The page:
64 PIONEERS ACHILLE CASTIGLIONI
LIGHTING • JUNE2015
concept by his friend Pio Manzù. It won a Compasso
Castiglioni’s contribution to Italian design went
beyond his legacy of invention. He was highly conscious
of being part of the network of Italian product design
and played a central role in building up the collective
strength of the nascent industry. In 1947 he joined
the organising committee of the Milan Triennale
and continued to be involved for many years. He co-founded the Italian Association for Industrial Design
(ADI) in 1956 and helped establish the prestigious
Compasso d’Oro awards (which he won nine times).
He was also a born educator eager to share his vision
with new generations of architects and designers.
At various times between 1969 and 1993 he taught
industrial design at Turin’s Faculty of Architecture
and the architecture department of Milan Polytechnic.
MoMA’s Paola Antonelli, studying at Milan in the
eighties, recalls that Castiglioni was one of the most
He was equally celebrated in the wider design industry.
In the UK he was recognised as an Honorary Member
of the Faculty of Royal Designers for Industry at the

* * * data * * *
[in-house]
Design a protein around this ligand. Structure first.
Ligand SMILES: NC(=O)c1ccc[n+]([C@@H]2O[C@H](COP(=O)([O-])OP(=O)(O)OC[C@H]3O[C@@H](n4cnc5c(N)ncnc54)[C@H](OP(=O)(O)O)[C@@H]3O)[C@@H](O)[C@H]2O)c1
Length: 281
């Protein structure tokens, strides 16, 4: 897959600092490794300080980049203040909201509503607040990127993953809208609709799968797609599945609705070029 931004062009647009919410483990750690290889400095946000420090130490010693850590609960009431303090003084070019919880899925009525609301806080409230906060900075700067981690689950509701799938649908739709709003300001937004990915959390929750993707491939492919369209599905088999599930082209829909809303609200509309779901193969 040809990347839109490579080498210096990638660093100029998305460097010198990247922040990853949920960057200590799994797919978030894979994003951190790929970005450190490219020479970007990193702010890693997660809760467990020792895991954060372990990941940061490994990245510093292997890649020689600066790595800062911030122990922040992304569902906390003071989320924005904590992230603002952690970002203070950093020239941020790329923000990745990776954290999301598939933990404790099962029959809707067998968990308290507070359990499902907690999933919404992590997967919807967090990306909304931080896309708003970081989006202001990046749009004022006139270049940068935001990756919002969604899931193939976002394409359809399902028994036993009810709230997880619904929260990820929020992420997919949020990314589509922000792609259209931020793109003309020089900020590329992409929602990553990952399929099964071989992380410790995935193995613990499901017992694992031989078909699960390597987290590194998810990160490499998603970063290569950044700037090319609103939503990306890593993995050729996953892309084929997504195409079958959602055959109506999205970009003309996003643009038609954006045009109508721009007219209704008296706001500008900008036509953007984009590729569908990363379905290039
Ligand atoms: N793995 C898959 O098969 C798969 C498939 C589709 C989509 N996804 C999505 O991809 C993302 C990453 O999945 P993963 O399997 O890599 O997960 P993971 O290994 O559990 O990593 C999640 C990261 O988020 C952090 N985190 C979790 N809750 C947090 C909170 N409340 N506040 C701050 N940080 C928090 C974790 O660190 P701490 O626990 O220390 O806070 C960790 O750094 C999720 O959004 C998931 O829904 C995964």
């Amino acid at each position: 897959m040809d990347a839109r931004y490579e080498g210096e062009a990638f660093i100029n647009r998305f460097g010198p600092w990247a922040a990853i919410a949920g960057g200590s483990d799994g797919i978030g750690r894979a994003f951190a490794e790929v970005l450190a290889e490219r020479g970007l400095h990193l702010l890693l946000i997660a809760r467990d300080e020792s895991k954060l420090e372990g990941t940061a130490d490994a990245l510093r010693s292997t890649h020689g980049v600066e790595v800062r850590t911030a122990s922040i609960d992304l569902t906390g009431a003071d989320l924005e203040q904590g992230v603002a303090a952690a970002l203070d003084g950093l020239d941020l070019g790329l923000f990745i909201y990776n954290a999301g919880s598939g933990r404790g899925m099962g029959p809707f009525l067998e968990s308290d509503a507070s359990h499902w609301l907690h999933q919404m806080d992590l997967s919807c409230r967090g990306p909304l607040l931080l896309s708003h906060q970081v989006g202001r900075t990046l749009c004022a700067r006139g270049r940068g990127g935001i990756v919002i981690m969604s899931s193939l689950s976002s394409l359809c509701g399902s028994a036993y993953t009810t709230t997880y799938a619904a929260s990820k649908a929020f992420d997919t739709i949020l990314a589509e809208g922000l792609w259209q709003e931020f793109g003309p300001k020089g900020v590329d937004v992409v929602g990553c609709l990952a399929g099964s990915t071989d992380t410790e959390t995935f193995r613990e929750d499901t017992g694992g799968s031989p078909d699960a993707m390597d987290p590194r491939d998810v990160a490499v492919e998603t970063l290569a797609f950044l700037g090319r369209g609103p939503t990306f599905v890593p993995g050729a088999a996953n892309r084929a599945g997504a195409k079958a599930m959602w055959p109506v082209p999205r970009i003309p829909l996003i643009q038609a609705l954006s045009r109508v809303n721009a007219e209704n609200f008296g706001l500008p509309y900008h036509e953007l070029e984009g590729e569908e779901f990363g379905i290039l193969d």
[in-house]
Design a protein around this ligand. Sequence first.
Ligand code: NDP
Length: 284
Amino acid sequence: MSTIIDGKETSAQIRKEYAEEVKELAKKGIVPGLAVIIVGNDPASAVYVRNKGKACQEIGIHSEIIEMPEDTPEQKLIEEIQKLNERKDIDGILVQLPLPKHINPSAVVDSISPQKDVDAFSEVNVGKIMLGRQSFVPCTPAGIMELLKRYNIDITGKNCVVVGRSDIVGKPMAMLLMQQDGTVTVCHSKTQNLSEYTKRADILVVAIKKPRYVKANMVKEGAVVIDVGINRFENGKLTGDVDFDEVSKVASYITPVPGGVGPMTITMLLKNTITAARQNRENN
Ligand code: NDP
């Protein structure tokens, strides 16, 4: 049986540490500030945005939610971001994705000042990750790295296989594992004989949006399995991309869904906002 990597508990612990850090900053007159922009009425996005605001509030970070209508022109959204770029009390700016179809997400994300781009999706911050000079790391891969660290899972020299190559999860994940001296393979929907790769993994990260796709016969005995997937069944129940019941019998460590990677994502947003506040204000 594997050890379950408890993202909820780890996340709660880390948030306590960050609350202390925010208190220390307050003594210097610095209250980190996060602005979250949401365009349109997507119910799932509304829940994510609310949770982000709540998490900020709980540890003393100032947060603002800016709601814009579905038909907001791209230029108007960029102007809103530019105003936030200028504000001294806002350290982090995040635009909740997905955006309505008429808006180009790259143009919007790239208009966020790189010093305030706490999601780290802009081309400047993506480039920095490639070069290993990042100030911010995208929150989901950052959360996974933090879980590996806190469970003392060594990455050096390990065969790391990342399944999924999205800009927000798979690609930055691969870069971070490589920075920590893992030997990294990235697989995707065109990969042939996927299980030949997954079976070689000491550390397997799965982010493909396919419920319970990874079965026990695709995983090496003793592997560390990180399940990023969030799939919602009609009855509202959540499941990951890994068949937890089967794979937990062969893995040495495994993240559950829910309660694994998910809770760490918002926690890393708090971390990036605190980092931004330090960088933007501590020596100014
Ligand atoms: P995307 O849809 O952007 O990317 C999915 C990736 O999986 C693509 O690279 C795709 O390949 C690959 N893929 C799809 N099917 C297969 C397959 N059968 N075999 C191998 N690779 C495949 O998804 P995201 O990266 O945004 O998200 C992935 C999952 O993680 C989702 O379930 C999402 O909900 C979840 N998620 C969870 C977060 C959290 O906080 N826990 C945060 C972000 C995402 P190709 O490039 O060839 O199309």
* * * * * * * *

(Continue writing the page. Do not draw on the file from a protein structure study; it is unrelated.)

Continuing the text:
RSA in 1986; was awarded an honorary degree from the
Royal College of Art in 1987; and received an annual
award from the Chartered Society of Designers in 1993.
But when lists of awards and honours have been
consigned to the archives and forgotten, what will
remain is that legacy of unique, extraordinary
furniture, homeware and, above all, lamps. He would
probably love the fact that many are being updated for
the modern world, with incandescent-based classics
like Arco, Taccia, Parentesi and Lampadina coming out
in LED versions.
Achille Castiglioni followed no school of design and
refused to put a label on his work. ‘What you need is a
constant and consistent way of designing, not a style,’
he said. And while his work is indelibly associated with
Italian post-war modernist design, he believed design
itself should be timeless. ‘Design shouldn’t be trendy.
Good design should last over time, until it wears out.’
He retained his curiosity, wit and instinct for form and
shape throughout his life.
In 1988 he updated an earlier design to create the
Taraxacum 88 pendant light for Flos – a wondrous
cluster of halogen bulbs that became another instant
classic. Clear Globolux lamps slot into pressed,
polished aluminium triangles to create a dramatic
shimmering globe. And, of course, there is a witty
allusion. Taraxacum officinale is the common
dandelion – and the luminaire does have the beautiful
delicacy of a dandelion clock, just before the seeds drift
away on the wind…